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Pigeon River Country

State Reps Want to Drill Last Protected Wilderness in the Lower Peninsula
by Drew YoungeDyke

This post originally appeared on the Michigan League of Conservation Voters blog. Republished with permission.

The Michigan Constitution directs the legislature to protect natural resources as a "paramount" concern to the people of Michigan. Paramount means "above all else," the highest priority. 

Instead, the state House Natural Gas Subcommittee, chaired by Rep. Aric Nesbitt (R - Lawton), released a report on April 24 which recommends "drilling and extraction of minerals in currently prohibited areas."

If that quote doesn't outrage you, it should. There are very few truly remote, wild places in the Lower Peninsula that offer the solitude and natural connection sought by hunters, anglers, campers, and hikers, and the habitat required to preserve healthy and abundant fish and wildlife communities. Those few places exist only because they were deliberately set aside from gas and oil development. They include places like the Jordan River Valley, the Mason Tract, and the Pigeon River Country. 

These places are located, however, in the middle of a swath of natural gas and oil deposits that span the northern Lower Peninsula. Wells have been drilled and haul roads have been built through almost every patch of private and public land bigger than 40 acres throughout the region, except for these few unique protected places.

The recommendation in the Natural Gas Subcommittee's report would open these lands to drilling and erase the last pockets of true semiwilderness in the Lower Peninsula. In doing so, this recommendation indicates a profound ignorance of the history of conservation in Michigan, because we've already had this debate. The system currently in place is a compromise that grew out of decades of dispute that resulted in the Natural Resources Trust Fund. 

The Pigeon River Country debate over drilling in the 1970s reached all the way to the Michigan Supreme Court. The Court prohibited drilling, but subsequent legislation forced a compromise which allowed limited drilling in the southern third of the 105,000-acre forest and prohibited it in the northern two-thirds. Drilling is also prohibited in the 18,000-acre Jordan River Valley, where in 2007 the DNR acquired mineral rights to the valley through a mineral exchange in order to prevent drilling. The 4,700-acre Mason Tract, along the South Branch of the AuSable River, was donated to the state by George Mason in 1954. Attempts to drill beneath the Mason Tract from an adjacent parcel resulted in a permit denial by a federal judge in 2008.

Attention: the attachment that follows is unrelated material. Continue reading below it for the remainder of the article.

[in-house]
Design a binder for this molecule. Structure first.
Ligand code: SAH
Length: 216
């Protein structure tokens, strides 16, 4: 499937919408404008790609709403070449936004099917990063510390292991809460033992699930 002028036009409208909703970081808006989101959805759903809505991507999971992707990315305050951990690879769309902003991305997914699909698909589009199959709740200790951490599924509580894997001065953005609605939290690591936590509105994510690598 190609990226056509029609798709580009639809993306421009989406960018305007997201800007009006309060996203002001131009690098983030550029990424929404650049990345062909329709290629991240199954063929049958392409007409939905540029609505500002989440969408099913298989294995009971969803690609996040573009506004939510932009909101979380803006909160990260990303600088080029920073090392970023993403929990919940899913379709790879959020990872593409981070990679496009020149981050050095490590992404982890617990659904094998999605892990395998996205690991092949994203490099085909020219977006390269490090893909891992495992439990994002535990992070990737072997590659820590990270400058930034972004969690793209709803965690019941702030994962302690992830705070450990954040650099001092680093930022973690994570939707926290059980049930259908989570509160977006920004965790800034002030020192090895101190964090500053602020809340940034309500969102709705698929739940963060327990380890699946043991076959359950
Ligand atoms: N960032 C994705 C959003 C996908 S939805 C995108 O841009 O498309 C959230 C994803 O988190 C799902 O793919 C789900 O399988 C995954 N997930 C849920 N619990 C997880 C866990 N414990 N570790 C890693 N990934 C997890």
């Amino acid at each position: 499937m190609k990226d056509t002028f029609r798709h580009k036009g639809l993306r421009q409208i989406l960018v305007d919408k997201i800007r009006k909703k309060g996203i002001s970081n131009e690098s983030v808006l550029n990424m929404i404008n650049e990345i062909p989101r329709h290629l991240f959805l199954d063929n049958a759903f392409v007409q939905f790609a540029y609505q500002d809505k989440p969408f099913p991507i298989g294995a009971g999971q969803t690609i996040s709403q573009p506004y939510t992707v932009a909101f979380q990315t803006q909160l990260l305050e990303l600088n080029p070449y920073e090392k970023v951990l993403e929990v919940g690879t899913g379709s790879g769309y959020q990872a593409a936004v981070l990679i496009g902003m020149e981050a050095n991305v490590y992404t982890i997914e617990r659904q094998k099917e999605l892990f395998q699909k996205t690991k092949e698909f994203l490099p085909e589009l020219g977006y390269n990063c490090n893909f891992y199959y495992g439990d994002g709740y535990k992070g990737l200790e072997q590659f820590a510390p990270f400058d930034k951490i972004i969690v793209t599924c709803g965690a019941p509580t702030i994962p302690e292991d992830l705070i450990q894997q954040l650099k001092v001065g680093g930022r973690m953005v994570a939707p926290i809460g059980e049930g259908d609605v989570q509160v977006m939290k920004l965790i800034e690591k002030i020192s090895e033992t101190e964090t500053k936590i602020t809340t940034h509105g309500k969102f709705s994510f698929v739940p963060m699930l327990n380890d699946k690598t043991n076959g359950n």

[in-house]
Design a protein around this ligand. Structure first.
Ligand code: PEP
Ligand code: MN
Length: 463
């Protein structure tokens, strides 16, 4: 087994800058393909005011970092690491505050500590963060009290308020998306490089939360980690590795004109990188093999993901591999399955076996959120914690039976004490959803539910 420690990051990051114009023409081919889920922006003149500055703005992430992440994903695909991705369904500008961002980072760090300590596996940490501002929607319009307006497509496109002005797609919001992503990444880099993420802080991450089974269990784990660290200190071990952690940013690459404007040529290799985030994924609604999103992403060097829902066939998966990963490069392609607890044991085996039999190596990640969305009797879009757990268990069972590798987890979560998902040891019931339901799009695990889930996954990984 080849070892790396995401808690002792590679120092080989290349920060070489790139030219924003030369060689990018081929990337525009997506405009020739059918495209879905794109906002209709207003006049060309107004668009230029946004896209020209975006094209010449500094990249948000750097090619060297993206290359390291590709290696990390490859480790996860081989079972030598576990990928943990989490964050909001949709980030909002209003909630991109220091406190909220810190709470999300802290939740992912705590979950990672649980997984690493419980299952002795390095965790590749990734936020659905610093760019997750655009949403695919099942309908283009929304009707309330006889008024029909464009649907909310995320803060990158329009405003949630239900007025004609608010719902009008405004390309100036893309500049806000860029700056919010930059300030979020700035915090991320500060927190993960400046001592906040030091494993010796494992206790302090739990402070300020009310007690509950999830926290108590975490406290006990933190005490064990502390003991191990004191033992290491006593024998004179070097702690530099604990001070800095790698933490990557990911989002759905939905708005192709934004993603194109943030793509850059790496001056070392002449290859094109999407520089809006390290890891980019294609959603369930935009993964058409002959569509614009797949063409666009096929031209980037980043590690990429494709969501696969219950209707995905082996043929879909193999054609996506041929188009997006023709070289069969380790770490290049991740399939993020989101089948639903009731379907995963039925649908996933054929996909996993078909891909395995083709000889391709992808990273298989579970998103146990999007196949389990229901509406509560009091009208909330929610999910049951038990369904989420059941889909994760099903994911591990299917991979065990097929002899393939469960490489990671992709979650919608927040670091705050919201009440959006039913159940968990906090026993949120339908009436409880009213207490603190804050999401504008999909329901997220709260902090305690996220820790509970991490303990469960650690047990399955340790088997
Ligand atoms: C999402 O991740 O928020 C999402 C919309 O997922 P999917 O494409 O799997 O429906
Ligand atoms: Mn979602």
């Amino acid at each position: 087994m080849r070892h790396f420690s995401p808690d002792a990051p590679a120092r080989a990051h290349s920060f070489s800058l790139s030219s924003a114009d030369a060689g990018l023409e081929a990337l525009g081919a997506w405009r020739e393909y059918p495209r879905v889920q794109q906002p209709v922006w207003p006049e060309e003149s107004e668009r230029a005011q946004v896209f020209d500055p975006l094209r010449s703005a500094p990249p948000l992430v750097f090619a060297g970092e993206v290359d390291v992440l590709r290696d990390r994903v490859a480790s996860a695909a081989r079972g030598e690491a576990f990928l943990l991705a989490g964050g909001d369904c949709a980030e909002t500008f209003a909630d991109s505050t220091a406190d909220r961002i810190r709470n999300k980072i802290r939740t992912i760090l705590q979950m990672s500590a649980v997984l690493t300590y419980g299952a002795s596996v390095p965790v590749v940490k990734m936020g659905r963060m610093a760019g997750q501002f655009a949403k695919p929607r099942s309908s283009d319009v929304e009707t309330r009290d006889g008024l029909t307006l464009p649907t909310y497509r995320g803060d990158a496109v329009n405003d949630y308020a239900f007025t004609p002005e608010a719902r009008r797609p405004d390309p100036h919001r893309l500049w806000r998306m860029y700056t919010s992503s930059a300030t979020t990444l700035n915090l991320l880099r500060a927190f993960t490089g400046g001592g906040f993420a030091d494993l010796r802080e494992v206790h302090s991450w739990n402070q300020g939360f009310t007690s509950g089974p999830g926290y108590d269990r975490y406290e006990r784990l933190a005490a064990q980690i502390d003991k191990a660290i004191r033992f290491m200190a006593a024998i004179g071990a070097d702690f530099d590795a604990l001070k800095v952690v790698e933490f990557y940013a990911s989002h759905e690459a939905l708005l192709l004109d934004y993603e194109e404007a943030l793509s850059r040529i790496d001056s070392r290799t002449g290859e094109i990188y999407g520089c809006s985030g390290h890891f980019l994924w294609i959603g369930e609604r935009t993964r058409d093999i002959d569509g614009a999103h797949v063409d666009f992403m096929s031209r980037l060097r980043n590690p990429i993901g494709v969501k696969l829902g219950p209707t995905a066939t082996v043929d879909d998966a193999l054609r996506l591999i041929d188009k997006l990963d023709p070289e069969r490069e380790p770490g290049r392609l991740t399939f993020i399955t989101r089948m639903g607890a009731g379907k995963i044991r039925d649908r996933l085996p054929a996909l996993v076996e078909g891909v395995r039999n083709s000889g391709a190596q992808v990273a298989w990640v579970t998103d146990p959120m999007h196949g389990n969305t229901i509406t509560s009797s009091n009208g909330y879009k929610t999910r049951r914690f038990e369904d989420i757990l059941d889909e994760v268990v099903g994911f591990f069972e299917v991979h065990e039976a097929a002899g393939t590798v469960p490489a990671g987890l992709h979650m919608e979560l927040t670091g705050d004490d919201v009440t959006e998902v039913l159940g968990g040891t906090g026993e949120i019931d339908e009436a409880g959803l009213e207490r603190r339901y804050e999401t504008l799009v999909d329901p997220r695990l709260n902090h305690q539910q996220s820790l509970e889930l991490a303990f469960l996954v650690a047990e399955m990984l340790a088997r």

The Natural Gas Subcommittee's recommendation to open these unique places to drilling indicates either complete ignorance of the debates, the lawsuits, and the compromises that went into protecting them or a callous disregard for the hunters and anglers who love them. Unfortunately, the latter seems more likely; this recommendation is just the latest example of a larger agenda to open up the last wild places in the nation to oil and gas development, as evidenced by the Wilderness and Roadless Area Release Act introduced in the U.S. House and Senate.

Michigan conservationists have worked for generations to protect the last few pockets of the closest thing we have to backcountry in the Lower Peninsula. We can't rest on their laurels, though. Proposals like this tell us that some politicians will stop at nothing to destroy the last best places in order to raid every last drop of fossil fuel in Michigan. Those of us who care about these places - the hunters, anglers, hikers, campers, backpackers and birders - have to oppose bad ideas like this loudly and vigorously. 

If you'd like to help us fight proposals to open these lands to drilling, you can sign up here for Michigan LCV Action Alerts


 


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